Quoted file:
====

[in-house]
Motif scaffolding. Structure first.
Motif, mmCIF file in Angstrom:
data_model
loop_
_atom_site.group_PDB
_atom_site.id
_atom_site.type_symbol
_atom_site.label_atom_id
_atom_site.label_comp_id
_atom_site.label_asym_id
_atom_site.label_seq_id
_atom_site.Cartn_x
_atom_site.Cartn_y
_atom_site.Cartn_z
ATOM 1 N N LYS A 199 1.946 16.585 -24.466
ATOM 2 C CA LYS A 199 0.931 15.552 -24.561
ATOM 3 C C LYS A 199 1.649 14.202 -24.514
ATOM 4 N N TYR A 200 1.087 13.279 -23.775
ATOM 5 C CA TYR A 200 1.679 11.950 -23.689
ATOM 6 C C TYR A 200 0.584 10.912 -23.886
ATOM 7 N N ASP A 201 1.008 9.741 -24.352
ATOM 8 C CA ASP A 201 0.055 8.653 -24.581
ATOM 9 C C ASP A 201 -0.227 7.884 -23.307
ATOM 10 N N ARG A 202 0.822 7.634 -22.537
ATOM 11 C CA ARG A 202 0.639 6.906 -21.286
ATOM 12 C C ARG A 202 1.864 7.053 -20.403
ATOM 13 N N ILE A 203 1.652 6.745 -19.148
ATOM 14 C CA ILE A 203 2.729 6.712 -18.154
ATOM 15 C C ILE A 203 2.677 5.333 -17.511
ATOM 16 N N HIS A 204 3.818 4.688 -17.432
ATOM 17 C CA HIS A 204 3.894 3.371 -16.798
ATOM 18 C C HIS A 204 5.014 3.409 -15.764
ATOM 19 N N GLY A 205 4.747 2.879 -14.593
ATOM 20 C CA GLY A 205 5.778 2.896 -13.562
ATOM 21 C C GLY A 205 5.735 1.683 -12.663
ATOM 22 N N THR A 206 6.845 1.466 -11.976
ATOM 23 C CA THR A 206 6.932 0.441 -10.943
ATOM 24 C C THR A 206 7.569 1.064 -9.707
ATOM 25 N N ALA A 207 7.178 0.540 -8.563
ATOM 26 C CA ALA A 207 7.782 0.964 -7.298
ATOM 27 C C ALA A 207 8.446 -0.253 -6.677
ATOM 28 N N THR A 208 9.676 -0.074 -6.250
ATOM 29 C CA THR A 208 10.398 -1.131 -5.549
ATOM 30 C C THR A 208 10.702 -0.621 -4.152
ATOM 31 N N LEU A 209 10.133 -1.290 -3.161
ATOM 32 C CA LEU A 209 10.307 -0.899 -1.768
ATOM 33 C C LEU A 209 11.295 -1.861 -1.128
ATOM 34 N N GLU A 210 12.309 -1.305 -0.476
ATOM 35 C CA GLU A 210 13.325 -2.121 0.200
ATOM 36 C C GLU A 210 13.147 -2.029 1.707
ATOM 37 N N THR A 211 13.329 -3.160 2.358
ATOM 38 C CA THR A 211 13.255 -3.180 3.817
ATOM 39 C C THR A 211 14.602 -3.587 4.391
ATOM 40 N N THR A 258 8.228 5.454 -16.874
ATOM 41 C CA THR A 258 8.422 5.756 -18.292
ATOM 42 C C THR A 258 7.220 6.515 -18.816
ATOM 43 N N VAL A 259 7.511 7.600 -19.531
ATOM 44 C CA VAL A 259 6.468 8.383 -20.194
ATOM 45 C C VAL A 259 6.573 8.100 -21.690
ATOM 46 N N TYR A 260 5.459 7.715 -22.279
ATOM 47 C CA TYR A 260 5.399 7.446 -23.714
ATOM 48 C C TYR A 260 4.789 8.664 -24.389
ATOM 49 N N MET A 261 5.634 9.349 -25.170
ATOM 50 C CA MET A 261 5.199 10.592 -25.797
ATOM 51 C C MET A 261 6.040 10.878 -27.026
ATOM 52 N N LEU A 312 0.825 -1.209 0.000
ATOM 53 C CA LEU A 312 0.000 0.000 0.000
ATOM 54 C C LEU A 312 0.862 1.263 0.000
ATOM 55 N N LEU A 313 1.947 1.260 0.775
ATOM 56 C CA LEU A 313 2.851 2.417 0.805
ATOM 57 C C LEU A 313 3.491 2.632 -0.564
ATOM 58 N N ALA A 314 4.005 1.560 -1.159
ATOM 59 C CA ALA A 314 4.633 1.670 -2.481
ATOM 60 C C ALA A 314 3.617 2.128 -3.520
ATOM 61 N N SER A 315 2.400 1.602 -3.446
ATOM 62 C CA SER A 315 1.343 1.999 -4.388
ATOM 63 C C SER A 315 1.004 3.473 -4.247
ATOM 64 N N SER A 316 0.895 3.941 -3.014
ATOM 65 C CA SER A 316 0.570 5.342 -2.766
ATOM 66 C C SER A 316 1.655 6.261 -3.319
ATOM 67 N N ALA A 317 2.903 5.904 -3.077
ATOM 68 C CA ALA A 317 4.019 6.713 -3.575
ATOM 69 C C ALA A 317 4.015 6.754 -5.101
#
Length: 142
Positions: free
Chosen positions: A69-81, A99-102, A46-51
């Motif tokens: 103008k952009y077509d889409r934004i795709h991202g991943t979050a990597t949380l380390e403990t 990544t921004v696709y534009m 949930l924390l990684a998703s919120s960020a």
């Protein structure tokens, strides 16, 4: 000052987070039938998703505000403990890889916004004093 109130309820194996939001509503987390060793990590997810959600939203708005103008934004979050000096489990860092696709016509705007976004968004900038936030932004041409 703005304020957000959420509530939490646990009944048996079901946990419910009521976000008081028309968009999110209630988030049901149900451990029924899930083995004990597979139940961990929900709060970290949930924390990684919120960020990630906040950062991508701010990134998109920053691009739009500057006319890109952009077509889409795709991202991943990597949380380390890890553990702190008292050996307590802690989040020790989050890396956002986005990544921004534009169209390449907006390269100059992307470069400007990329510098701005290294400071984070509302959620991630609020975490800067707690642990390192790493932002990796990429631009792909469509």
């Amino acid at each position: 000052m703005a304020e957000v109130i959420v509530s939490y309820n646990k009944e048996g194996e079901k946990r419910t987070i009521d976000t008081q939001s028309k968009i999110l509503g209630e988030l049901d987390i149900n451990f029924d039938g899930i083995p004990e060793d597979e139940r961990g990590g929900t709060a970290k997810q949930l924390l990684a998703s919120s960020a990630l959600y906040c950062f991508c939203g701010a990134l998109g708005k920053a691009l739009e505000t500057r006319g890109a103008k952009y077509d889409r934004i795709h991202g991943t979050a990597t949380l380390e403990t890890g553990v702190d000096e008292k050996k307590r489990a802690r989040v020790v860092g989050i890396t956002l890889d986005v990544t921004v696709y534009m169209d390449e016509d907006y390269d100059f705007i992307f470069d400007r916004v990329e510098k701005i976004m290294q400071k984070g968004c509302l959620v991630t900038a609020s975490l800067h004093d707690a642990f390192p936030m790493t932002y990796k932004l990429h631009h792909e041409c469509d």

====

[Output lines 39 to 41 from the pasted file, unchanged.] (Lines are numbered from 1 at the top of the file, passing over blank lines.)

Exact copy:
ATOM 24 C C THR A 206 7.569 1.064 -9.707
ATOM 25 N N ALA A 207 7.178 0.540 -8.563
ATOM 26 C CA ALA A 207 7.782 0.964 -7.298